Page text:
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Credit vs. Bankruptcy: Is Rebuilding Credit After Bankruptcy Possible?

Credit vs. Bankruptcy: Is Rebuilding Credit After Bankruptcy Possible?

Life After Discharge: Building Credit After Bankruptcy

When someone is discharged from bankruptcy, they usually have many questions about their credit score. Rebuilding credit after bankruptcy might seem difficult. However, it is entirely achievable if the right steps are taken along the way.

Filing for personal bankruptcy in Canada is not an easy decision, but a licensed insolvency trustee can make the process run smoother. They will also be able to provide information and advice that will help anyone understand how credit works.

The following information is abriefsummary of the basic information anyone would need to answer their initial questions about bankruptcy and their credit score.

How a Good Credit Score is Graded

There are many different factors that determine someone’s credit score. The most important three factors are: payment history, negative information such as bankruptcies, collections and judgements, and outstanding debts. These are the factors that credit institutions are guaranteed to look at when determining a credit report and score.

Payment History:
This includes how many late payments are on a person’s record. Some bills, such as utilities and mobile phone bills, generally do not appear on a credit score. However, if the individual makes any or frequent late payments, these companies can report those records to credit companies.

Outstanding Debts:
When analyzing someone’s credit, the credit company will consider the amount of outstanding debts that the person still has left to pay. If there are a lot, or if the amount is really high, this can decrease a credit score. Ideally, you would want to keep balances below 35% of your available credit. For example, on a $1000 credit card , you would not want to carry a balance of more than $350.

Some alternate factors that can affect one’s credit score are loan type and credit history. The company might consider these factors, but they are not always included. At the end of the day, it will be up to the specific situation.

Types of Loans One Uses:
If the individual is relying on more of one type of loan over another, this can affect their credit score. One example of this could be using too many credit cards as opposed to secured loans.

Credit History:

This includes how many loans and lines of credit someone has used in the past. For example, if someone is to apply for too many types of credit all at once, this can negatively impact their credit score.

What is Considered a Good Credit Score in Canada?

Credit bureaus are responsible for collecting information about consumers’ financial activities, and the information is then sold to credit lenders, insurance companies, and sometimes employers.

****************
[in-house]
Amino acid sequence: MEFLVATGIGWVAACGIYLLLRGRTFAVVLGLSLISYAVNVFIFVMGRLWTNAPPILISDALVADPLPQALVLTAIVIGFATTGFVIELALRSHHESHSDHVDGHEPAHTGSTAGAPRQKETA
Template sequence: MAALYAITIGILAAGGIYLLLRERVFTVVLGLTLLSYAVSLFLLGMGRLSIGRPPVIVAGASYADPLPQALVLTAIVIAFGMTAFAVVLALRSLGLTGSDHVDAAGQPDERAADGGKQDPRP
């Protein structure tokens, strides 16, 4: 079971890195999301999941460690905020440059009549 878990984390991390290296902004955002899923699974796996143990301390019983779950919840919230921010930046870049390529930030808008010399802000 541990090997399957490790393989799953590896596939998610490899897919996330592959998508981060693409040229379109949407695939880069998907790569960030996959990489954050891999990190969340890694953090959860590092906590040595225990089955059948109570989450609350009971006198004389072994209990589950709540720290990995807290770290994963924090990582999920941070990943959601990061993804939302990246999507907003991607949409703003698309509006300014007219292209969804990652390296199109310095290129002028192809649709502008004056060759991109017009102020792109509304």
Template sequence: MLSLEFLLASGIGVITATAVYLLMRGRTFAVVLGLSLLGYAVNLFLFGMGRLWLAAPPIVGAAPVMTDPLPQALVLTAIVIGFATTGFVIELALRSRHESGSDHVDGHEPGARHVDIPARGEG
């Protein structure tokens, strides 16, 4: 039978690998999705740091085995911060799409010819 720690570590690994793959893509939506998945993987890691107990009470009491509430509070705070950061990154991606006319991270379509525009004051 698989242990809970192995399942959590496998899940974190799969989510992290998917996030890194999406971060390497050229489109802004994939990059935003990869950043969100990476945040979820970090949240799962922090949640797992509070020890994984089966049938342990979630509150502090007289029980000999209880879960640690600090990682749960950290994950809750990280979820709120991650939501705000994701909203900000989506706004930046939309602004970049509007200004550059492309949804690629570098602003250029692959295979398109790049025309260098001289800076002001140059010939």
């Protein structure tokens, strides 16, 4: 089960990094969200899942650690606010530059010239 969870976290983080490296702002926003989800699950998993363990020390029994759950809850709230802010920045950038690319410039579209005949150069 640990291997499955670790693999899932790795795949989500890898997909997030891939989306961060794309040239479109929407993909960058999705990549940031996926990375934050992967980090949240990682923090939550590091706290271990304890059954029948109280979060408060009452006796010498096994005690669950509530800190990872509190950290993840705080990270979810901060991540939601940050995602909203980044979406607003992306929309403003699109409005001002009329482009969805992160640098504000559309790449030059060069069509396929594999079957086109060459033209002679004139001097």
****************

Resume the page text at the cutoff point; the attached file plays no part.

Credit scores in Canada are graded according to a rating scale determined by the creditors, not by the credit bureau.

These rating scales generally range from 300 to 900, but can be different depending on the institution.

A good credit score is above 650. Scores that are above 750 are considered excellent. Anything over a 700 will be a good sign for a loan or line of credit.

Canadians can access their credit report free of charge, but to see the credit score itself they must order it and pay a fee. However, it is always a good idea to be aware of and pay attention to a credit score.

What Happens to a Credit Score After Bankruptcy?

Bankruptcy stays on an individual’s file for six to seven years after discharge for someone who has declared bankruptcy for the first time. This could be extended to fourteen years if that person has been bankrupt before.

During this time, if someone wants to do anything that requires a credit check or apply for a loan, the institution checking the credit will be able to see the bankruptcy information on their file.

Since the credit score itself is determined by the creditors and not the credit bureau, it is up to the discretion of the creditors as to whether or not they want to give someone a credit or loan after bankruptcy.

This does not mean that someone cannot get a loan in the six years after bankruptcy, but they may need to follow a specific procedure. Their licensed insolvency trustee will go through this with them.

Rebuilding Credit After Bankruptcy

A person must decide how aggressive they wish to be in rebuilding their credit after bankruptcy. It is different for each individual in terms of what type of credit would be right for them.

For further information, one can arrange a sit down meeting with their bank or financial institution to discuss their options. This includes providing evidence that they have a surplus income or have been fully discharged from bankruptcy.

Give yourself time.

Time is one of the most significant factors to improve your credit score. Establish a long history of paying your bills on time and using credit responsibly.

A Licensed Insolvency Trustee at Crawford, Smith & Swallow Can Help

Crawford, Smith & Swallow has been serving the Niagara region for 70 years, helping clients get their finances under control. Our licensed insolvency trustees are trusted professionals who are dedicated to giving clients the assistance they need to help repair their lives.


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